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Governor Curtin On Arbitrary A Hests

Governor Curtin On Arbitrary A Hests image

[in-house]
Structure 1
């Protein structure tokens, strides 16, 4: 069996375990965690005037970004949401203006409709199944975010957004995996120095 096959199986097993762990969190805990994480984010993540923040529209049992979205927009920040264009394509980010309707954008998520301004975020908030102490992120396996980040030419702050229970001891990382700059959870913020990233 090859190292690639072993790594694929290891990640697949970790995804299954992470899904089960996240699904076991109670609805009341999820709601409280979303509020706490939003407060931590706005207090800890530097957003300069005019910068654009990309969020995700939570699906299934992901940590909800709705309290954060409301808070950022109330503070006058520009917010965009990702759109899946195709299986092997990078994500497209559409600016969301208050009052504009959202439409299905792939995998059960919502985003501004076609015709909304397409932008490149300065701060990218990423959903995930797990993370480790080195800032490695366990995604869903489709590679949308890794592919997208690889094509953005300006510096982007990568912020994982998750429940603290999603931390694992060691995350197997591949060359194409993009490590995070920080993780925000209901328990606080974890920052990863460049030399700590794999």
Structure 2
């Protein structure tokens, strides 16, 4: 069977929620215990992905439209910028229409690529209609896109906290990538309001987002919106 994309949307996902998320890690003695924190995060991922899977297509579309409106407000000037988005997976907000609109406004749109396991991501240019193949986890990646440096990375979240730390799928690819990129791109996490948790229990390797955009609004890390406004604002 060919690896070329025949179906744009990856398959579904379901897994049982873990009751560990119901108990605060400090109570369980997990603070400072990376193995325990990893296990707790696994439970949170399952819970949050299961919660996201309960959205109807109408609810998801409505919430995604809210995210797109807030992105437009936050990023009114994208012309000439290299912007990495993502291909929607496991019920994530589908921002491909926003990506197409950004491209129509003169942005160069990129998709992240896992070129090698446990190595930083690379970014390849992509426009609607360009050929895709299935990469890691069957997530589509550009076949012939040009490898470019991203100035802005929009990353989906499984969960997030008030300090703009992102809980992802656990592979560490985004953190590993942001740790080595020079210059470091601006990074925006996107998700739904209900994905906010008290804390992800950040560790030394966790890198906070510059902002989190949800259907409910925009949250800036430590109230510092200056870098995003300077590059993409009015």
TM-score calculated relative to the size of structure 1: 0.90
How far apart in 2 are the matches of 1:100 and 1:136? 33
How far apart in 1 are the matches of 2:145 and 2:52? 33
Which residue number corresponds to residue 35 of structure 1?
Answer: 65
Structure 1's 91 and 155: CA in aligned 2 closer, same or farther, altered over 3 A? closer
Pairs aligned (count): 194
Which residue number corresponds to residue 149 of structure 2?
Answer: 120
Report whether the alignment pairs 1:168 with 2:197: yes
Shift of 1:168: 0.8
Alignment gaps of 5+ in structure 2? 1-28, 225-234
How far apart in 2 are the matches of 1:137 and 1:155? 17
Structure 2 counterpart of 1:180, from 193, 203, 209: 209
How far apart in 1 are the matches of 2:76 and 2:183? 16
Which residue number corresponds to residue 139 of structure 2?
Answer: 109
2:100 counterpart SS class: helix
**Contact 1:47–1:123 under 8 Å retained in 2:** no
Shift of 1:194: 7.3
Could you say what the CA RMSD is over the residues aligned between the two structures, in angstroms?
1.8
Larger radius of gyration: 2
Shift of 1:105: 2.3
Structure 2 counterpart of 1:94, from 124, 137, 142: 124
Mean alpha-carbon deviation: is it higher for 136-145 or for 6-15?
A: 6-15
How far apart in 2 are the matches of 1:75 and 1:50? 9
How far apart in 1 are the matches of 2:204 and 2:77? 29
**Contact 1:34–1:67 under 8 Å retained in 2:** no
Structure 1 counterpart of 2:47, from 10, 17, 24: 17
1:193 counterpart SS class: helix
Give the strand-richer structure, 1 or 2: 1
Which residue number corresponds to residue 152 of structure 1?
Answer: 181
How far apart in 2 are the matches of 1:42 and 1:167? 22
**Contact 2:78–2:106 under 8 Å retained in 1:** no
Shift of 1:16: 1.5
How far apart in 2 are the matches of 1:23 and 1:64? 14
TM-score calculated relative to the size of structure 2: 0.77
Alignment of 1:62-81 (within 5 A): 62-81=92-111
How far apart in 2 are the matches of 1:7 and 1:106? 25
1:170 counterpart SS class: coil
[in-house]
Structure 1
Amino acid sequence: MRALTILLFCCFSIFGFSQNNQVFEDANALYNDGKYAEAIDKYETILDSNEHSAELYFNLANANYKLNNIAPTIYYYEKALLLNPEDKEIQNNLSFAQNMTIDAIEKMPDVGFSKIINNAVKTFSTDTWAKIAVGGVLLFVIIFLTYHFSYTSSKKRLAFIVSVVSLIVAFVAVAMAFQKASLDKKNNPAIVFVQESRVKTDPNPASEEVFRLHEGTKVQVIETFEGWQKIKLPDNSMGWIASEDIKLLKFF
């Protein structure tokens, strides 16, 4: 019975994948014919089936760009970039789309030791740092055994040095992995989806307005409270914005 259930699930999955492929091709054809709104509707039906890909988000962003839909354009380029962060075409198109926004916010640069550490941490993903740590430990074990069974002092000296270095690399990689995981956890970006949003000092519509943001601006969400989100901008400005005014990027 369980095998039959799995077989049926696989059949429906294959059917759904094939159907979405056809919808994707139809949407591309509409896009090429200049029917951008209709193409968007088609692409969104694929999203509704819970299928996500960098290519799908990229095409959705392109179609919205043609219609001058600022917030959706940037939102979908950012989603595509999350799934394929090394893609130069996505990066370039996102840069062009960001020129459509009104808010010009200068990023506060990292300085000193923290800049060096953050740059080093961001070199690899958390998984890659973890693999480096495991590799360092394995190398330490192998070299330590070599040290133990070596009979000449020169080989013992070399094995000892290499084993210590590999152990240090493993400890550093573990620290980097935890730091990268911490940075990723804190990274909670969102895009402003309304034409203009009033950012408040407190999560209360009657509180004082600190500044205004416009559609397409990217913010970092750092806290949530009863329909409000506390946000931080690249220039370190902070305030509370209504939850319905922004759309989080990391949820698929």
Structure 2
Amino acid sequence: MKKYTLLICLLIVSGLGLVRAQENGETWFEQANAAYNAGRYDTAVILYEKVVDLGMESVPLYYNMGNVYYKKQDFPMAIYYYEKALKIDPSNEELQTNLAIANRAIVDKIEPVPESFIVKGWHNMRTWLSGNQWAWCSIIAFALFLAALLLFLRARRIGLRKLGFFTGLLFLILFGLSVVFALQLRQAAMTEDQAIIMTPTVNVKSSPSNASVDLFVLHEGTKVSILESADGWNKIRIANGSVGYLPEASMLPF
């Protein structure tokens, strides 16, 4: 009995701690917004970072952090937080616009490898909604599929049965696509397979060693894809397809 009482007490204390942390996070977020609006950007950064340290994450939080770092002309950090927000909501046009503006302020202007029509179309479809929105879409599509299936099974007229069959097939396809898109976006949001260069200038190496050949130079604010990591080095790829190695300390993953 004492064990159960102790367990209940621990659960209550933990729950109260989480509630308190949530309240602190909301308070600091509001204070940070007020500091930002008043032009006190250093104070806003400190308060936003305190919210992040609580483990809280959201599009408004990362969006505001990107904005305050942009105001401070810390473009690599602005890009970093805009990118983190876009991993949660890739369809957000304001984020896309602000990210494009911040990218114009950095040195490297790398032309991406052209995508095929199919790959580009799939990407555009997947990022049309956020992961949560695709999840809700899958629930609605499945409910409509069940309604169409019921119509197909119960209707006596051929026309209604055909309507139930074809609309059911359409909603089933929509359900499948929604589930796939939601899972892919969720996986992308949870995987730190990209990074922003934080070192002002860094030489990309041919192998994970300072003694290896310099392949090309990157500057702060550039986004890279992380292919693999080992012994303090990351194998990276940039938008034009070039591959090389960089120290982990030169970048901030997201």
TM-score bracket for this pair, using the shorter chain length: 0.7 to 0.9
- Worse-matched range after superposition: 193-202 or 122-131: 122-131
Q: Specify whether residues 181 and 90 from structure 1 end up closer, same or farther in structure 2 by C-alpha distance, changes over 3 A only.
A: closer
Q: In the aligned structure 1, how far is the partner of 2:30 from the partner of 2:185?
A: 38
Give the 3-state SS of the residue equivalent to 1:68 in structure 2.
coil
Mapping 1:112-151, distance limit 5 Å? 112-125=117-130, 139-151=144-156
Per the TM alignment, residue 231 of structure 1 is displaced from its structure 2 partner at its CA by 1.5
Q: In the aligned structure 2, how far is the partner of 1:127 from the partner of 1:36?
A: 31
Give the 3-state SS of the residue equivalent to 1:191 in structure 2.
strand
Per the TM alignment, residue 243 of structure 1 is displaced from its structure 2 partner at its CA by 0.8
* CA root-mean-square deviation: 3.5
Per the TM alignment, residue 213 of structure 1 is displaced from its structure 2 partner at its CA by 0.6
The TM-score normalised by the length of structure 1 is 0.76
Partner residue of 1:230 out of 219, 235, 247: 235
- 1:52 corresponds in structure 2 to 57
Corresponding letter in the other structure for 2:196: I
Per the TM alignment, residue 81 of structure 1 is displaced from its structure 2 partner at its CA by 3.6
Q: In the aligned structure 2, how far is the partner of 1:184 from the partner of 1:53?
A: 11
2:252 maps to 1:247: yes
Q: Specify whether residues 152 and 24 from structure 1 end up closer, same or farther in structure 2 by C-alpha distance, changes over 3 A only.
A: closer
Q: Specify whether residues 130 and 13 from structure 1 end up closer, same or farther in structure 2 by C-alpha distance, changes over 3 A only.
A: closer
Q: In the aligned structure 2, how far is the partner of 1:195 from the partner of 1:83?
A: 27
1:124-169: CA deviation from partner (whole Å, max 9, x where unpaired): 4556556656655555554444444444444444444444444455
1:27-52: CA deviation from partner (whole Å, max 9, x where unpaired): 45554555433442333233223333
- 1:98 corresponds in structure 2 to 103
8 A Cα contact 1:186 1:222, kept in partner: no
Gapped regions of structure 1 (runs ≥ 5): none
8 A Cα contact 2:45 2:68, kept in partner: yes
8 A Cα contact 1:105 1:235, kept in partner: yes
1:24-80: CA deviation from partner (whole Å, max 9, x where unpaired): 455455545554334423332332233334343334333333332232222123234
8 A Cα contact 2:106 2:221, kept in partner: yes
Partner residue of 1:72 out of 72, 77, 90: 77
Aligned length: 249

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KXKCUTIVK ClIA MEER, ) Haiirisburu, Feb. 12, 1803. Tu the Senate and House of Representativas of the C mmonwe.iltli of Penney Ivunia: Gentlemen-- I desire to r-all your at tention to a subject of moment. Wlien the present infamous and Godcondenmed rebellion broke out Congrega was notin Bession, and the occurrence of suoh a state of thiugs not having been ioresicn in formor times, no adequate ! legirtion bad been had to meet it. At i the same time - the lifo of tlie country i beiug at stake - it rppeared necessary that some muaiis sliould be taken to con trol the small band of traitors in flie lpy1 nl States, so as to prevent (hem friftn macliinations which migbt be injurious, i if not fatal, to the uatioual cause. Uni der tbèse circumstances the general government resóVted to the system of' uiili! tary arrest of dangerous persons, anr] l having tlius conmieuccd ac;iig utider it have continued (at Leeg intervals in this jétate) to pursue it The goverrnnent of the United States acts dircetly on iudividuals, ai,d the State Executive lias no autliority or means to interfere with arrests of citizena of the United States, made under the autliority of that govorument. Every citizen of Penusylvania is also a citizen of the United States, and owes allegiance to theru as well iis (sub ject to the provisions of the conatitutiou as the United States) he owes it to Pennsylvania. If he be unlaufully deprired of his liberty, his ouly redresa is to be had at the hands of the judiciary. In sach times as the present il is more than qecessary to preserve regularity in official action. Great eiïbrts have been aud are perhapa still beiug made by persons bliuded or ill disposed to throw us mto a state of rcvolution - that is to gay, to créate anarchy and confu,-ion, and, ultiniately, to bring about the destructina of lite and property among us. Any irregular, mueh inore Ilegal, interference by your Executive with rnattera whicli, by the constituiion, are not entrusted to his eognizanee - and espeeially aiiy Buch interference with the letion of tlie Executive of the United States or with the functioija of the judiciarv, would be, ín the existing crisis, etupliattcal'.y dáiigerot; it would have a direct revolutiouary teudency ; in fact, it would bo to commence a revolulion. The courta of justice aro opon, and, no doubt, all personal wrongs can be properly redresstd in due course'of law I do not know liow many arresta of the kind hereinbefore referred to have been made in Penusylvania, as I havo at no time been privy to the maku:g of them, but 1 believe they have been few. I was uu der the impressioi: that there would be no necepsity for more of them, otherwise I might have referred to them in my annual message; but receöff events hnving sliown tliat this impression was erroneous, I deern it my duty how to invite your atteiition to the i-ubject. The COntest in which we are engied 3 ono for the preservation of our own liberty and welfare. The traitors of the South bate the great body of our pi'ople who aieloyal, and hate and bitteriy de epise tlie few who are ready for submission. Unless the rttbelHoTj be effectually suppressed wb must lose uúr pride of country, the larger portion of our territory, and the elemenis uot onl of greatni-ss, but of prnipcrity, and even of security to lite, liberty and property. - Notwithstanding all this, it is, I fear, an tmdoubtcd truth that a few wrctchos among us, false to all our free and hiyal tiaditions- false to tho meiftorj of their fathers and to the tights of their cbildren - falsë to the cou'itry which bas given theui bir'h and proteoted them - only stopping short of the teehuieal offeose of treason - in the very madness of Biischjef are actirely plpttiiig to betray us - to poison and mislead the minds of our peo'ple by trei-cherous misrepreseutations, and to so aid and comfort the rebela that our fate may ba eitüer to abandon the free North and become bange ts on of a govermnent founded in tieachery, fraud and insano ambition ; or, at best, to dissolve tho Union under which we have prospcred, and to break this fair and glorióos country into fragments, which will be cursed by perpetua! discords at home and by the con tempt and ill-usage of foroign nations, from which we shall then ba too wcak to vindícate ourselves That such offensps shouk! bo duly punisln'd no good citizon can doubt, and that proper legislation by Congres? is required for that purpose can be as. littla doubted. Whether such legisktion sliould include a suspension of the writ of fulleca corpus in any and what parts of the country is a question which belongs exclusivfc'ly to the legislativo authoritic-s of the United States, ;who, under the eonstitution, havo the light to determine it. That great writ ought not to be suspended unless, to tlie wisdom oí Cougresj, the present necessity shall appsar to be urgent. Thorefore, I recommend the passage of a joint rtsolution earncstly requesting that Congress shall forthwith pass laws defioipg and puuishing offenses of the olass above roferred to, and providing for the fair and speedy trial, by impartial jury, ol persons charge'd with sueh offeuses in the loyal and uudisturbed States, so that the guilty may justly suffer and the iunoceut be relicved. a. g. cübtin;


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